Painter-Explorers Turn Animals Into Artists

August 6, 2003

Like all great painters of nature, Olly Williams and Suzi Winstanley work best from life.

Olly & Suzi, as they are known professionally, are London-based artist-explorers who have portrayed wild dogs and lions in Tanzania, killer whales in Norway, polar bears and Arctic foxes in Siberia, tarantulas in Venezuela, orangutans in Borneo, and many others.

Since 1995 Williams and Winstanley have gone on more than 25 expeditions together. Usually they link up with wildlife experts in the field to get as close as possible to the action.

The artists collaborate with one another and, ideally, with their subjects. They induce wild creatures to interact with their canvases.

Bites, footprints, rips, and slithers are "proof of where we are, and proof of animals, landscapes, and indigenous tribes that are here now, but might not be around for much longer," Williams says.

Williams and Winstanley use related natural materials—ochre, mud, berries and dung—to heighten the sense of immediacy and primal contact in their encounters.

On a 1997 expedition among the white sharks off Cape Town, South Africa, the artists encouraged a shark to "autograph" a portrait by coating a painting with chum—fish parts and blood. The shark bit—again and again.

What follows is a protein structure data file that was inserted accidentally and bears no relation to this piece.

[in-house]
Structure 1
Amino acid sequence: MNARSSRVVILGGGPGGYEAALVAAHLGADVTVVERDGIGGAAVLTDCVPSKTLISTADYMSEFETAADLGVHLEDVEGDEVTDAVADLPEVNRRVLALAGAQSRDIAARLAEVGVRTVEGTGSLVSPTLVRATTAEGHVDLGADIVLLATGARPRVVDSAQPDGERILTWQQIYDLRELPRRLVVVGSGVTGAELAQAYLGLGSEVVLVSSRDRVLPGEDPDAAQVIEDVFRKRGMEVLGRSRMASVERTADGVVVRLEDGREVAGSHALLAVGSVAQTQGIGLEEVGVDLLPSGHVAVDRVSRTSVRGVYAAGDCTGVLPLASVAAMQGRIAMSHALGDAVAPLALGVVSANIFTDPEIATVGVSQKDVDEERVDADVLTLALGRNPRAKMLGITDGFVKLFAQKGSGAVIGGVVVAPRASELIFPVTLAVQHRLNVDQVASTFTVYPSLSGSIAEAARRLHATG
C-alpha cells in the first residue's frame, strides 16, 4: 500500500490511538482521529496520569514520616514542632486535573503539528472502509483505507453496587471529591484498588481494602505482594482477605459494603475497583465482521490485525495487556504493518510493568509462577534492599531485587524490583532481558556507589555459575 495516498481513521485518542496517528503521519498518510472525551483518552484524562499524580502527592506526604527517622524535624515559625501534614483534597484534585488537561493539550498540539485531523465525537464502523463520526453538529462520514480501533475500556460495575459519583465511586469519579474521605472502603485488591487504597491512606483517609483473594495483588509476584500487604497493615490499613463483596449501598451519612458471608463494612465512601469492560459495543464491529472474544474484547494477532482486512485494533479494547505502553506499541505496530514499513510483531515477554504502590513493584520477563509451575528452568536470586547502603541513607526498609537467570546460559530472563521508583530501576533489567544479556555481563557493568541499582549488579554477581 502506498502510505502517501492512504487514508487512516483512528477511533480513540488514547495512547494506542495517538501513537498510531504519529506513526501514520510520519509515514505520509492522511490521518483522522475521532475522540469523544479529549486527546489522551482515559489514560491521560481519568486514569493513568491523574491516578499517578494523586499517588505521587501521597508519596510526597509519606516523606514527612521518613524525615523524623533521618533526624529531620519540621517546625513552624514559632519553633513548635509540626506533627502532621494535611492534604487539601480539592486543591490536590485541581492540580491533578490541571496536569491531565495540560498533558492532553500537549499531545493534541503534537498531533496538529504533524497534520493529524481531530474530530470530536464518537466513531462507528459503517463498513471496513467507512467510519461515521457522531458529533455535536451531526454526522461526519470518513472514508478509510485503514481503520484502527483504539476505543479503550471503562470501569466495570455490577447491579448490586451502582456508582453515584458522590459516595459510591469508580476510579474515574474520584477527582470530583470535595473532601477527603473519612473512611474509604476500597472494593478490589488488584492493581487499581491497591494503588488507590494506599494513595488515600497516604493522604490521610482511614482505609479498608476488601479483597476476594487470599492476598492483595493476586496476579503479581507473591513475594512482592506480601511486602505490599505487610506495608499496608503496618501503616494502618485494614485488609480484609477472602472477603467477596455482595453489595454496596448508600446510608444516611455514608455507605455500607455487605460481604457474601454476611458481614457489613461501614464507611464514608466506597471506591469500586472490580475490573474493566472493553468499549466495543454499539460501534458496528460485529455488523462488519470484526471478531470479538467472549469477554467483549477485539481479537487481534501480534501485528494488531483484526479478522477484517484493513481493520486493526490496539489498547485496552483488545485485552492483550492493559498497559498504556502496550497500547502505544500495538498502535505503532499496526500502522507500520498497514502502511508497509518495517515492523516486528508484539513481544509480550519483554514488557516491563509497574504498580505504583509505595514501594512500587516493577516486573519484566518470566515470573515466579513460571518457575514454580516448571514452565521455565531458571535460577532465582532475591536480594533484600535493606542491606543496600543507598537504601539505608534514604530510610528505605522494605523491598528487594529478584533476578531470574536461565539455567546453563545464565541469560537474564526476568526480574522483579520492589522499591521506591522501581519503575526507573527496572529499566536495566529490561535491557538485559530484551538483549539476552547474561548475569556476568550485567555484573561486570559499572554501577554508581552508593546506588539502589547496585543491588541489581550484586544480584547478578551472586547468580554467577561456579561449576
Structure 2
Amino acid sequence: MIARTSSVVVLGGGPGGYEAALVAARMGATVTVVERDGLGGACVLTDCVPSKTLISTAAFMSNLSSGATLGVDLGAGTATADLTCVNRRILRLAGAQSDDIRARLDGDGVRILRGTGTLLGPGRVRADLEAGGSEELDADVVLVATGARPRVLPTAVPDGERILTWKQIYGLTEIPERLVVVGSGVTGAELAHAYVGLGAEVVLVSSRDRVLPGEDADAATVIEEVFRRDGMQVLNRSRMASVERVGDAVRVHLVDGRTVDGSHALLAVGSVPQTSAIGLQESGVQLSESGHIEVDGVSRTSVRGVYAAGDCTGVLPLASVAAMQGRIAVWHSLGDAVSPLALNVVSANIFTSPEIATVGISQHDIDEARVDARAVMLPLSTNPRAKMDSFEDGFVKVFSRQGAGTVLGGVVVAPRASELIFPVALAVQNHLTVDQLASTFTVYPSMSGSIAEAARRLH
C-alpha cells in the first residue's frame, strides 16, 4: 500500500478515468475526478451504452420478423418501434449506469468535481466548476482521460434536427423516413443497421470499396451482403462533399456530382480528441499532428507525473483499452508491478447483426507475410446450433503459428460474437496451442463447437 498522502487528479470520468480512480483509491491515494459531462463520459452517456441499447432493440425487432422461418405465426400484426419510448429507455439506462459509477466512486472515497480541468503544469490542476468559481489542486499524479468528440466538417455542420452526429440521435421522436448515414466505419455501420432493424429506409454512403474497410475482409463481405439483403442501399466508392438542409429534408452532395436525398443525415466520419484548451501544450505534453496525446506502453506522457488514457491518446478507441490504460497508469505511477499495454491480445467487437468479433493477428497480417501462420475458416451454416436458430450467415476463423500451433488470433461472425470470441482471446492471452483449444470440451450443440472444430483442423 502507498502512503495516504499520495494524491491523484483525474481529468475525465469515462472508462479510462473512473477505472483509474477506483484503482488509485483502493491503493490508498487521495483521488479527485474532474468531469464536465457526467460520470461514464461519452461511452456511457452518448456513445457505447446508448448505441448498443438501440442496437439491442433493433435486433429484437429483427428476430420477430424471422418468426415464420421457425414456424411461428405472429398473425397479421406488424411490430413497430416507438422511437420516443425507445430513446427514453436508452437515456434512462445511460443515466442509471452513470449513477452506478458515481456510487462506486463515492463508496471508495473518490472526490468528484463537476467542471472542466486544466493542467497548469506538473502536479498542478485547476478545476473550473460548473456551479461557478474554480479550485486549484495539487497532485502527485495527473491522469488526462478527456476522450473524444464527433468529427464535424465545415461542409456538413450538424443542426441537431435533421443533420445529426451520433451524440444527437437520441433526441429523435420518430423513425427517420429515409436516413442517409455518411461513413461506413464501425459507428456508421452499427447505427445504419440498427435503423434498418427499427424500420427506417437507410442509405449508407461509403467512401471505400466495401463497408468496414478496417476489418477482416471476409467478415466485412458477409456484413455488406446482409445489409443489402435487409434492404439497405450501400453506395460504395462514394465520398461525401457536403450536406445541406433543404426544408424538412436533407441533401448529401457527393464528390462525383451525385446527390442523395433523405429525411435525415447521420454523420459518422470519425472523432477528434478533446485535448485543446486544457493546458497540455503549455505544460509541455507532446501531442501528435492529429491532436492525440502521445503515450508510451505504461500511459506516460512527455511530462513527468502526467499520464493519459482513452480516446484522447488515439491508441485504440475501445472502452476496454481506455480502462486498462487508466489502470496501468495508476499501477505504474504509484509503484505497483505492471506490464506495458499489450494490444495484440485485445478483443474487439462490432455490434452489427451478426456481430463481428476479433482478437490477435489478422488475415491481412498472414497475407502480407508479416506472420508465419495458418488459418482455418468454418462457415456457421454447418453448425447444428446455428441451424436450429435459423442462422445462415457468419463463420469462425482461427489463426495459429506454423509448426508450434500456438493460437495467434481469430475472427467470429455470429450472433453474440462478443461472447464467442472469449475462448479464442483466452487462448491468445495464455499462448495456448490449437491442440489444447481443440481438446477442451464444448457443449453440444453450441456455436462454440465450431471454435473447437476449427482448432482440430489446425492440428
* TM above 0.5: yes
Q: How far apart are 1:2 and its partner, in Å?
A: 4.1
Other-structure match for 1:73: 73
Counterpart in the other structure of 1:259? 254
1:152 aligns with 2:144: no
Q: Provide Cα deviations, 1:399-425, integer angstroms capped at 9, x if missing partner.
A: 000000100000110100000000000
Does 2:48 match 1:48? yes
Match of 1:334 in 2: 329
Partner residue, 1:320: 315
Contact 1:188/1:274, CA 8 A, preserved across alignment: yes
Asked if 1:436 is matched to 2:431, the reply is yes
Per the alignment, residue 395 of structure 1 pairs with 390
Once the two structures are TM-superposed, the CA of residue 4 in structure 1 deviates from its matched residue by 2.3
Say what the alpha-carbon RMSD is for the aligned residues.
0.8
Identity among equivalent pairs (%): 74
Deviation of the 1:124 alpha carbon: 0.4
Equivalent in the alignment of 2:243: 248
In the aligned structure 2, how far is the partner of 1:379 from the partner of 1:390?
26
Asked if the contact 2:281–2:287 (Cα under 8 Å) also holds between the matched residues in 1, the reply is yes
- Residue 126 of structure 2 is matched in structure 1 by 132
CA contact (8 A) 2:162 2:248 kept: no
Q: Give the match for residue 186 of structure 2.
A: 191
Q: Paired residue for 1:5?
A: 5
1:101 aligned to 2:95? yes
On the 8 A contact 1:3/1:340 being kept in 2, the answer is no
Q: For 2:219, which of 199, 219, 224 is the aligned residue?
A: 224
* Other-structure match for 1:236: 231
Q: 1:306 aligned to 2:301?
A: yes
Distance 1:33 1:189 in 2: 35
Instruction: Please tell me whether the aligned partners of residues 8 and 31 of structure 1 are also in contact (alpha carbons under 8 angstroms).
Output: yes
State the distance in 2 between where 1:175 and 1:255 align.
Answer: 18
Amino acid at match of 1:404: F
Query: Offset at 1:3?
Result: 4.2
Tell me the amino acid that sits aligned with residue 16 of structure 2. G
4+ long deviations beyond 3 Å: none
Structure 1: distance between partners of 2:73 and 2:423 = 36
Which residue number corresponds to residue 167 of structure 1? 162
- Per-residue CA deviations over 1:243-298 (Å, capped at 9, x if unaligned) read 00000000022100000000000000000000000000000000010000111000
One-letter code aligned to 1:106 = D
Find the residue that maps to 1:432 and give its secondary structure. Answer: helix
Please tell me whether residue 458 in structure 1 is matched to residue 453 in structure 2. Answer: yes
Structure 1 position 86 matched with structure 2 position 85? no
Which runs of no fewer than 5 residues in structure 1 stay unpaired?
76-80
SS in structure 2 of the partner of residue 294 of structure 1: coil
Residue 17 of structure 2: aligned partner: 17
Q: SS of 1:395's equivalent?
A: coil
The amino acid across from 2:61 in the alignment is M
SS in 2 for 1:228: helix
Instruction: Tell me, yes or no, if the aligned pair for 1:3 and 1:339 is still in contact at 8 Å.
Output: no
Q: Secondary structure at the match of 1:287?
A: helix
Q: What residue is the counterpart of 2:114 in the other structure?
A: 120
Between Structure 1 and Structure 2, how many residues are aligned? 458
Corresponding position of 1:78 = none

Williams' brother Greg documents the expeditions. His huge blowup photograph of the shark encounter hung over the entrance of the Natural History Museum in London during their exhibit last year, "Olly & Suzi—Untamed."

The new book "Olly & Suzi: Arctic, Desert, Ocean, Jungle" collects their work and writings.

Between Two Art Camps

"Their work is pretty unusual," says Steve Baker, a professor of contemporary visual culture at University of Central Lancashire in Preston, United Kingdom. "They fall between two art camps: one that produces realistic depictions of the natural world and the other that is more avant-garde."

"Olly and Suzi are closer to the avant-garde, but their work wants to make clear statements about the natural world, and the importance of endangered species and predators."

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